Registered Designs

Overview & Costs

A registered design protects the appearance of an article.  A third party will not be allowed to use, make, offer for sale, sell or import an article that is identical to a registered design or that is not substantially different from the registered design.  The scope of “substantially different” is determined by comparing the allegedly infringing article to the registered design and to the prior art.  This is an “eye” test.  If the allegedly infringing article appears more like the registered design than the prior art, infringement is present.  If it appears more like the prior art, there is no infringement.

In South Africa, one can file and protect both aesthetic and functional registered designs for slightly different protection as follows:

In the case of a functional design, filed in class “F”, for the new and uncommon features of an article which features are necessitated by the function which the article is to perform; and

In the case of an aesthetic design, filed in class “A”, for the new and original features of an article, which features appeal to and are judges solely by the eye.

Unlike a patent application, a registered design application for an article need not be filed prior to making the article available to the public.  A registered design application can be filed within 6 months of making the article available to the public.  The date on which the article is made available to the public is referred to as the “release date” and must be disclosed at the time of filing a registered design application (within 6 months of the release date of course!).

We sometimes file both aesthetic and functional design applications for one article. The reason for this is that our courts have not yet clarified the difference sufficiently and there is always an argument that some features, even features dictated by function, have been altered or designed with some sort of aesthetic appeal in mind.   Thus, in many cases, we file two design applications, one aesthetic and one functional, for the same article.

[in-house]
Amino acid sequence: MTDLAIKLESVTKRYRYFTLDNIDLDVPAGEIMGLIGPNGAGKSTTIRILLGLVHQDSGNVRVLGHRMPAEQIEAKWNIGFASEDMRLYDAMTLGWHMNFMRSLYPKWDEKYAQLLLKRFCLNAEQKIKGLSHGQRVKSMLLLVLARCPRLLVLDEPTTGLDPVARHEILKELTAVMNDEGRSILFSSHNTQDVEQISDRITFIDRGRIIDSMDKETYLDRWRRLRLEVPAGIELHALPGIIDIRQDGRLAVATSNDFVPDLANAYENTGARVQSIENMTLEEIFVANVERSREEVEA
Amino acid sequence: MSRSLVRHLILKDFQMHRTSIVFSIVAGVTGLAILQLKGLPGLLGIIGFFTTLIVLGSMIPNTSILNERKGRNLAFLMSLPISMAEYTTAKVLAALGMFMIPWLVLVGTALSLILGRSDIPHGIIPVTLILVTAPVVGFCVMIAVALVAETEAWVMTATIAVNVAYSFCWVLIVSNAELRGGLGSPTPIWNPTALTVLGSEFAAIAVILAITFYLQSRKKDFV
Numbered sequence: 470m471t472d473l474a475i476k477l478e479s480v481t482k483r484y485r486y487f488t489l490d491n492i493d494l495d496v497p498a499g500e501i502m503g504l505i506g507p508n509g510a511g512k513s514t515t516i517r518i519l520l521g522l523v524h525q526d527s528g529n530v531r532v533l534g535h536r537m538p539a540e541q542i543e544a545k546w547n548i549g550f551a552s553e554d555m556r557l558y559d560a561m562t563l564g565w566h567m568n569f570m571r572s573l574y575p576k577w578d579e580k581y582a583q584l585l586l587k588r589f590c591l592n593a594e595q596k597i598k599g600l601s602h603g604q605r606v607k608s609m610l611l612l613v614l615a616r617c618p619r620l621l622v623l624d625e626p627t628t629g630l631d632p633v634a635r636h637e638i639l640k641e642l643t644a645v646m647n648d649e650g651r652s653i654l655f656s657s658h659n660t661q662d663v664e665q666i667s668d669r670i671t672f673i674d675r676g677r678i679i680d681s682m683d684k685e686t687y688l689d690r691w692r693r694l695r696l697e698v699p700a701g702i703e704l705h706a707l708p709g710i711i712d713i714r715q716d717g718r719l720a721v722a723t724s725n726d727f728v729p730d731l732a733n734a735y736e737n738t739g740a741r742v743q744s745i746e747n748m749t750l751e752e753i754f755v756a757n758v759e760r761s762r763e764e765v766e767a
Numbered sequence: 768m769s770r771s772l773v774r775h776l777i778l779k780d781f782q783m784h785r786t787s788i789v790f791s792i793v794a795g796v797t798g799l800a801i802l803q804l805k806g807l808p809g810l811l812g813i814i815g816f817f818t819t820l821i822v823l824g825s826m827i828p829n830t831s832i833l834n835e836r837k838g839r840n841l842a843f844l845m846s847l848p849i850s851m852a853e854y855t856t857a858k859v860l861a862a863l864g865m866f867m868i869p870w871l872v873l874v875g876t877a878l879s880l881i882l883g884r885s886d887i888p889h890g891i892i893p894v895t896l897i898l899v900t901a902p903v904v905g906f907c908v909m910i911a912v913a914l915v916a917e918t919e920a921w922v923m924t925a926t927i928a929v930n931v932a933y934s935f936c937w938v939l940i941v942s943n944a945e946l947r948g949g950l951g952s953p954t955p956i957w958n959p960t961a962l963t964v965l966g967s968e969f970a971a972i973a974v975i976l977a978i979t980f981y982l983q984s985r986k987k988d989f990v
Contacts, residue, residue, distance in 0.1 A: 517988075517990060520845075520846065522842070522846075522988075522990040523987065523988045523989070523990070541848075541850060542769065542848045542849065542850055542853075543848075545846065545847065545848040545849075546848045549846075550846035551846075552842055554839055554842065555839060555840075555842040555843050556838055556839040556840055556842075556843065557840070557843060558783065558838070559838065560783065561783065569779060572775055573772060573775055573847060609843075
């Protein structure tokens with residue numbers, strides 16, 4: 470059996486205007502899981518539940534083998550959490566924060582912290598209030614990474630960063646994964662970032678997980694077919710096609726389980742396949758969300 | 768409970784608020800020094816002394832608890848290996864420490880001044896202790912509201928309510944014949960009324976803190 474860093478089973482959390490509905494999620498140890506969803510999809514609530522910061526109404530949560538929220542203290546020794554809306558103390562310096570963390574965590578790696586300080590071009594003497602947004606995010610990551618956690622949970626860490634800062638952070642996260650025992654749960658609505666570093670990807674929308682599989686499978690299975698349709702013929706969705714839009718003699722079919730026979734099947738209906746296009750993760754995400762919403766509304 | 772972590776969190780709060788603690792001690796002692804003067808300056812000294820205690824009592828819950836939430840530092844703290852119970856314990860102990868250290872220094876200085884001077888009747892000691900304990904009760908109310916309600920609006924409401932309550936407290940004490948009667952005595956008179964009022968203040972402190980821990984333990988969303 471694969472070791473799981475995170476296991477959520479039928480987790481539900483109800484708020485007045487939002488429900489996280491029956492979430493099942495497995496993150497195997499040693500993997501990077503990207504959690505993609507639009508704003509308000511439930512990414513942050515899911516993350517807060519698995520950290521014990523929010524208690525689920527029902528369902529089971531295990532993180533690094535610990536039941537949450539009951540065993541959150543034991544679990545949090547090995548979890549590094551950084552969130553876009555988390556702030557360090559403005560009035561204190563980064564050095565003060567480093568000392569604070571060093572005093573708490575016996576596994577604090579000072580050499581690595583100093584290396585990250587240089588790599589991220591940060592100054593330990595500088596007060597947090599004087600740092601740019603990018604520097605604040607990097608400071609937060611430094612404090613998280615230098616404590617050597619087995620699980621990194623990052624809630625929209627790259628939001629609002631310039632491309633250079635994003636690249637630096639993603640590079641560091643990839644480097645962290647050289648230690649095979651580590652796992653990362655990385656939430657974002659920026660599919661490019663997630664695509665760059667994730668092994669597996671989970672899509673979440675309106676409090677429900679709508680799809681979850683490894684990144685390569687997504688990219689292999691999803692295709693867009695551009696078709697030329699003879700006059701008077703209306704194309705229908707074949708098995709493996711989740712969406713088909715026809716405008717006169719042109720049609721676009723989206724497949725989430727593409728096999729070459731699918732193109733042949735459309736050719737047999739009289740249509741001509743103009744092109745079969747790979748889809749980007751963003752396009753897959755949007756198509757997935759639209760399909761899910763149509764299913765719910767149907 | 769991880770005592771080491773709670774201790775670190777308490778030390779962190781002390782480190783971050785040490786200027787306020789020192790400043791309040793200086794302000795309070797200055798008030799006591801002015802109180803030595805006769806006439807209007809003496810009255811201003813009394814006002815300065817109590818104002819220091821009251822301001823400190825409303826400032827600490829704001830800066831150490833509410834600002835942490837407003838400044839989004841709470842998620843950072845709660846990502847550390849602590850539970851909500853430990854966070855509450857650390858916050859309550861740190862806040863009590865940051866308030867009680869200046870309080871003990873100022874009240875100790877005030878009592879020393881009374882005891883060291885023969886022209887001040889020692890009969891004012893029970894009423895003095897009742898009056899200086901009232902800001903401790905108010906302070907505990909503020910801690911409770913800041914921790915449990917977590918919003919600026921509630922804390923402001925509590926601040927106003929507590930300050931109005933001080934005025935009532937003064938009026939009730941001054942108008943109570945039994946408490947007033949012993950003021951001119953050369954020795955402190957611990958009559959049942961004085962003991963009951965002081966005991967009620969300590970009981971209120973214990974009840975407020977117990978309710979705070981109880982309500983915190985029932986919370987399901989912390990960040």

One can also consider filing applications accompanied by line drawings as well as photographs/CAD renderings.   Our courts have sometimes in the past, incorrectly some might say, applied passing-off principles in registered design infringement cases.  Having both photographs and drawings will hopefully assist in such cases.  The line drawings provide a broader scope of design protection and the photographs, more specific protection.  If a court applies passing-off principles in an effort to decide on design infringement, the photographs will assist as, in all likelihood, the infringer’s product will look almost identical or confusingly similar in “real” (photographic) life.

We also include a design statement of features and may include an optional explanatory statement.

At the end of the day, each case must be carefully considered on its own merits.

Foreign design applications have to be filed within six months of filing a registered design in South Africa in order to claim priority from the South African registered design.

Registered Design Costs

The cost of a registered design is around R8,000.00 excl VAT to R18,000.00 excl VAT , depending on the complexity thereof.